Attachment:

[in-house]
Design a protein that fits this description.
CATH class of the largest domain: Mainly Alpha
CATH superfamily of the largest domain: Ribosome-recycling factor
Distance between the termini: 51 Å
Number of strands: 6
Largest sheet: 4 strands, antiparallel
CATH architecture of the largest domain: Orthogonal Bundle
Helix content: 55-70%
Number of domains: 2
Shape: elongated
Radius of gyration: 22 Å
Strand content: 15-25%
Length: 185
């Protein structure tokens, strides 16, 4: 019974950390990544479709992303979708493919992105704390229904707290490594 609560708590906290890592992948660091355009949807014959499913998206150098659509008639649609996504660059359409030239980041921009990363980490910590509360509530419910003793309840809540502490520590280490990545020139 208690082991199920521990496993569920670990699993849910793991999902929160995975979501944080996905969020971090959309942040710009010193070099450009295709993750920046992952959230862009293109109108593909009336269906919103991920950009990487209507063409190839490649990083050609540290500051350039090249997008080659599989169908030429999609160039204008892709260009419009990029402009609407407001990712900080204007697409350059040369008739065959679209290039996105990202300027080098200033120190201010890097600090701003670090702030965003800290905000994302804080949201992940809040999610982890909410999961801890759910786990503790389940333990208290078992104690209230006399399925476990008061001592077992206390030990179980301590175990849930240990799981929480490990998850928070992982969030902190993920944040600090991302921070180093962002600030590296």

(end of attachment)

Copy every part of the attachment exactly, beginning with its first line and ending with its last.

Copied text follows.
[in-house]
Design a protein that fits this description.
CATH class of the largest domain: Mainly Alpha
CATH superfamily of the largest domain: Ribosome-recycling factor
Distance between the termini: 51 Å
Number of strands: 6
Largest sheet: 4 strands, antiparallel
CATH architecture of the largest domain: Orthogonal Bundle
Helix content: 55-70%
Number of domains: 2
Shape: elongated
Radius of gyration: 22 Å
Strand content: 15-25%
Length: 185
């Protein structure tokens, strides 16, 4: 019974950390990544479709992303979708493919992105704390229904707290490594 609560708590906290890592992948660091355009949807014959499913998206150098659509008639649609996504660059359409030239980041921009990363980490910590509360509530419910003793309840809540502490520590280490990545020139 208690082991199920521990496993569920670990699993849910793991999902929160995975979501944080996905969020971090959309942040710009010193070099450009295709993750920046992952959230862009293109109108593909009336269906919103991920950009990487209507063409190839490649990083050609540290500051350039090249997008080659599989169908030429999609160039204008892709260009419009990029402009609407407001990712900080204007697409350059040369008739065959679209290039996105990202300027080098200033120190201010890097600090701003670090702030965003800290905000994302804080949201992940809040999610982890909410999961801890759910786990503790389940333990208290078992104690209230006399399925476990008061001592077992206390030990179980301590175990849930240990799981929480490990998850928070992982969030902190993920944040600090991302921070180093962002600030590296």